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I have an interface for a message:

public interface IMessage
    {
    int Id { get; set; }
    string Body { get; set; }
    string Title { get; set; }
    Employee CreatedBy { get; set; }
    MessageType MessageType { get; set; }

    void Send(IEnumerable<User> recipients);
    // or: void Send(User recipient);
    }

Every implementation must have a Send method that sends the message, but depending on the scenario the Send method is different. I.e. if it is a private message, there is only one recipient and it is also sent an additional mail notification to that spesific user, public messages does not do that.

The parameter can be either a list of users or a single user. How can I implement that?

I know I can just make a list of 1 user for the private message, but the best is if it is like an overloaded method.

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2 Answers 2

up vote 1 down vote accepted

You could also mark it with params

Send(IEnumerable<User> users)
{...}

void Send(params User[] recipients)
{
    Send((IEnumerable<User>)recipients); // To IEnumerable overload
}

in which case you can pass in one, many or an array of Users.

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Hi, I can't see this is any better really than IEnumerable<User>, only that it could be passed ass 100 parameters in some implementations, which is not really intuitive way of doing it... Or am i wrong? –  cfs Feb 14 '12 at 21:59
    
This allows you to be more expressive without adding overloads, for example you could use it with multiple parameters or pack them into an array for consumption. Also see overload above to allow different clients to call the method transparently and only once piece of logic to handle it all. –  ananthonline Feb 14 '12 at 22:24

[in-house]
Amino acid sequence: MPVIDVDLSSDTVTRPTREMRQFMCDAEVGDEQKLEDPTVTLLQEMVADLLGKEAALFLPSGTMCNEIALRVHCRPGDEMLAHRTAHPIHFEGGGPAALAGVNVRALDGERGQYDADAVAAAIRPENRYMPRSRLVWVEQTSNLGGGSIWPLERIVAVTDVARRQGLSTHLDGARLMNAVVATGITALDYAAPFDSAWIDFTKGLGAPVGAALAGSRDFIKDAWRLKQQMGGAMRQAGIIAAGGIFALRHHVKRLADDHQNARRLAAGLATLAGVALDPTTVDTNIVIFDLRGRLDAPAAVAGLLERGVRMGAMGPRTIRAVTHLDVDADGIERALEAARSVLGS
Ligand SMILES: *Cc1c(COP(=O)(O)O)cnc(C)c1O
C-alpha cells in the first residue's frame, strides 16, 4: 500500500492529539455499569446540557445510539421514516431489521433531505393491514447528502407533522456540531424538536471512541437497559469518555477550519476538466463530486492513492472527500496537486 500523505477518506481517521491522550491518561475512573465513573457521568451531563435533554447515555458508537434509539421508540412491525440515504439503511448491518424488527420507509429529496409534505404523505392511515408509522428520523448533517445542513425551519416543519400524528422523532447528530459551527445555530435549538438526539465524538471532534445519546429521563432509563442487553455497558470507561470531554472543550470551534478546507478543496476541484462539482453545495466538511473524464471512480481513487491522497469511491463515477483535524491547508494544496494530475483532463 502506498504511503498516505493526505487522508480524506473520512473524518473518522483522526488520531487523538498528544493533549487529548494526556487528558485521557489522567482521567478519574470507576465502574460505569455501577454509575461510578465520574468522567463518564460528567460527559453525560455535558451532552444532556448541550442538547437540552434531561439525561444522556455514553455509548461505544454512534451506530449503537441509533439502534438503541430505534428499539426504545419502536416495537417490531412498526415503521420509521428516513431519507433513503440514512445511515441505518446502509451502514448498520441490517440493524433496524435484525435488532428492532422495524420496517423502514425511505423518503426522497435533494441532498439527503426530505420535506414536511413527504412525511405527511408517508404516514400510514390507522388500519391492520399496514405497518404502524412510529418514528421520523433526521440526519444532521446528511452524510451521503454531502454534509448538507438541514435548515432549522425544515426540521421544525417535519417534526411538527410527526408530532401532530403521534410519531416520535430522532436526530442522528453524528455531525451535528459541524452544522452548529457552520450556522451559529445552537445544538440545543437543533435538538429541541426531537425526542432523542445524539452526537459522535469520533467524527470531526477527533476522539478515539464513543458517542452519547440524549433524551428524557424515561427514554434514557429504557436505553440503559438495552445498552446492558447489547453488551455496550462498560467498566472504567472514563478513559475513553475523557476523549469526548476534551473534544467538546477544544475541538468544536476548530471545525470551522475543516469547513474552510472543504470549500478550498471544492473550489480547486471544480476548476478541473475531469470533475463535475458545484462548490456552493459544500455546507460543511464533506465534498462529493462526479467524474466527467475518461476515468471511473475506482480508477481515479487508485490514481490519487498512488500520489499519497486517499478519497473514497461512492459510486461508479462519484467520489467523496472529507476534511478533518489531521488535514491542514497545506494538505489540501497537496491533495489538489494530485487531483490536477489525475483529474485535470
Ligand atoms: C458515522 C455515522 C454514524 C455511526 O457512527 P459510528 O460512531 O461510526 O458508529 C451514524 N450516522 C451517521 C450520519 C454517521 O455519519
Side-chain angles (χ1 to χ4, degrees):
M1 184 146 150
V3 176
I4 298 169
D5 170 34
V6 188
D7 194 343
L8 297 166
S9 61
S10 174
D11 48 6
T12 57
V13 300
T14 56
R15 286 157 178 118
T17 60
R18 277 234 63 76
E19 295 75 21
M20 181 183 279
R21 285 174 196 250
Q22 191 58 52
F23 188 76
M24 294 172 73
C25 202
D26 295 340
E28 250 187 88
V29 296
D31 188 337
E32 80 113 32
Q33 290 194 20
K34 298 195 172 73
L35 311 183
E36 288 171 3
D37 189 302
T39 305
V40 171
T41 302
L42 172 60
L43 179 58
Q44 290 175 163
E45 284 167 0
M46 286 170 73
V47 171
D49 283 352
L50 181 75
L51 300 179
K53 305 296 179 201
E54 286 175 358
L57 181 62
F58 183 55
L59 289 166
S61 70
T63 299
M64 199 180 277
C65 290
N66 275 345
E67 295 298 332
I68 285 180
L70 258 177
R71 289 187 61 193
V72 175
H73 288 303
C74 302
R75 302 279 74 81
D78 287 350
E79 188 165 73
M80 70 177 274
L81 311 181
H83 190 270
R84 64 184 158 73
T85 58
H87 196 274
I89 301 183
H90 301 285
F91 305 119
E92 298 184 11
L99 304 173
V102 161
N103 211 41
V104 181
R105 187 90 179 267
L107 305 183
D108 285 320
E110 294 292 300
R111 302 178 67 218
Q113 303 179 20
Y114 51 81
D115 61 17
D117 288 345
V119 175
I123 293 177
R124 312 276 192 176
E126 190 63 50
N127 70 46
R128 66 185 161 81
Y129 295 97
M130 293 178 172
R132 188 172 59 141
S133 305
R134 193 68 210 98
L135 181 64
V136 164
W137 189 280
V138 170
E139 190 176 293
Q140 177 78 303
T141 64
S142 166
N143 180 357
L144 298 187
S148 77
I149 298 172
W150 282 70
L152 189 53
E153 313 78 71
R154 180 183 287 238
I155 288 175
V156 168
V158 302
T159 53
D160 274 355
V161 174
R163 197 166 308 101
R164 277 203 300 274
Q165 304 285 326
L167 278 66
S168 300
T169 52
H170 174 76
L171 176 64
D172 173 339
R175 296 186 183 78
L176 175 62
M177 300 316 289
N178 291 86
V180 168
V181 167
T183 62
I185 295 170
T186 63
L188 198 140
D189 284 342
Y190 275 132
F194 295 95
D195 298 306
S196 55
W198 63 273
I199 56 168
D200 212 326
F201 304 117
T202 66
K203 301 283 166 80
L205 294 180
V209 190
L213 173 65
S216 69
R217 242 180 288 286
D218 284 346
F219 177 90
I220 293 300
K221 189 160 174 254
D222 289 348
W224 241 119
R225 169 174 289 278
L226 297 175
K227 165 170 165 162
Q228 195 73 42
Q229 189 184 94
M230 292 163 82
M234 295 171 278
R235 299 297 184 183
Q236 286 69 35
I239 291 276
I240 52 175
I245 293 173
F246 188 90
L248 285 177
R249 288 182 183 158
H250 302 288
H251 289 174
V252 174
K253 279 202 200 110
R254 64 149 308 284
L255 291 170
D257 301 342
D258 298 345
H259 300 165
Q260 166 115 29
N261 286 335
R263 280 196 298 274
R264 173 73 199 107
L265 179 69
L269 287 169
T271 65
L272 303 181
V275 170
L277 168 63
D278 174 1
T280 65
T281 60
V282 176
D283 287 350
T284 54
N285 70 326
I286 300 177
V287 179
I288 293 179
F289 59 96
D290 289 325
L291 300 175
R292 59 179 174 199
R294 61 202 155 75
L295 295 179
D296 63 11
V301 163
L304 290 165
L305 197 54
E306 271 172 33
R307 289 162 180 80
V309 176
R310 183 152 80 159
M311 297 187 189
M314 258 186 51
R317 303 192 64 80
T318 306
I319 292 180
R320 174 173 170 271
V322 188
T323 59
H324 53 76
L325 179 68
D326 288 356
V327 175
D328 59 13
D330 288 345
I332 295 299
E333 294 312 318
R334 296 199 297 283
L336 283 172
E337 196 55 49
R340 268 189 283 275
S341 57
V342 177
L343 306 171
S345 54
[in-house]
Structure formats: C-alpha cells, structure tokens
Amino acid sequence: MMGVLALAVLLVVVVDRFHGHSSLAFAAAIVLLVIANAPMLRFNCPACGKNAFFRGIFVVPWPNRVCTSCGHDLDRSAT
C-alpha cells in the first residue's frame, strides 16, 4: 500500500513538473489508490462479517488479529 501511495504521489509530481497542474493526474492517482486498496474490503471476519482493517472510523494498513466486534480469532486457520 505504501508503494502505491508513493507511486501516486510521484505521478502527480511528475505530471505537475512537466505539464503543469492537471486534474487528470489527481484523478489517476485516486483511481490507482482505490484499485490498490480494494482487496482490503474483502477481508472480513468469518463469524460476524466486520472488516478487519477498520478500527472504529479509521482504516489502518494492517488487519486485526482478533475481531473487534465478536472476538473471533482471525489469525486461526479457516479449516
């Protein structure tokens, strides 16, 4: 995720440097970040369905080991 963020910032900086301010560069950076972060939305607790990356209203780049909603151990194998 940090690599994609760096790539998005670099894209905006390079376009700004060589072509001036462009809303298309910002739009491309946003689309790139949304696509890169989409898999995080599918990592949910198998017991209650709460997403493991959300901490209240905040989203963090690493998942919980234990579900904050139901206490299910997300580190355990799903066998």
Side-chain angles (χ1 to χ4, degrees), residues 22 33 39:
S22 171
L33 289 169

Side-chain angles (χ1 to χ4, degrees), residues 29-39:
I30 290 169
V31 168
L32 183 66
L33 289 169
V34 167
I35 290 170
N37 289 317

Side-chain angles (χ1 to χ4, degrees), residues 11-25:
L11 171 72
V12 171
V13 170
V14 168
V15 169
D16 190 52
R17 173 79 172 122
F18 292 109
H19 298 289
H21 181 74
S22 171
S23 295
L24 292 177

That is actually much smarter than i first realized. I can now implement this method using Send(User to, User cc) or Send(User recipient), gives a lot more flexibility which i like in this case. –  cfs Feb 14 '12 at 23:42

Just overload the method - this is valid in an interface as well:

void Send(IEnumerable<User> recipients);
void Send(User recipient);

You would need to implement both overloads in the implementers of the interface.

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When actually implementing it you can simply have the second overload just put the recipient into a collection and pass it to the other; it's not like the logic would need to be in both places. You could also have an abstract class that does that so that base classes only need to define the enumerable overload. –  Servy Feb 14 '12 at 21:49
    
OK, I can see that will work, but then I need to implement both possibilities, and I want to restrict the possibilities for each implementation. –  cfs Feb 14 '12 at 21:53
    
@Servy - If you read the question carefully, the OP needs different behaviour. –  Oded Feb 14 '12 at 21:53
    
@Servy How would you implement the abstract class? –  cfs Feb 14 '12 at 21:54
    
@cfs - What abstract class? @Servy simply means that you can call Send(IEnumerable<User> recipients) from Send(User recipient) by wrapping the single User in a list. –  Oded Feb 14 '12 at 21:57

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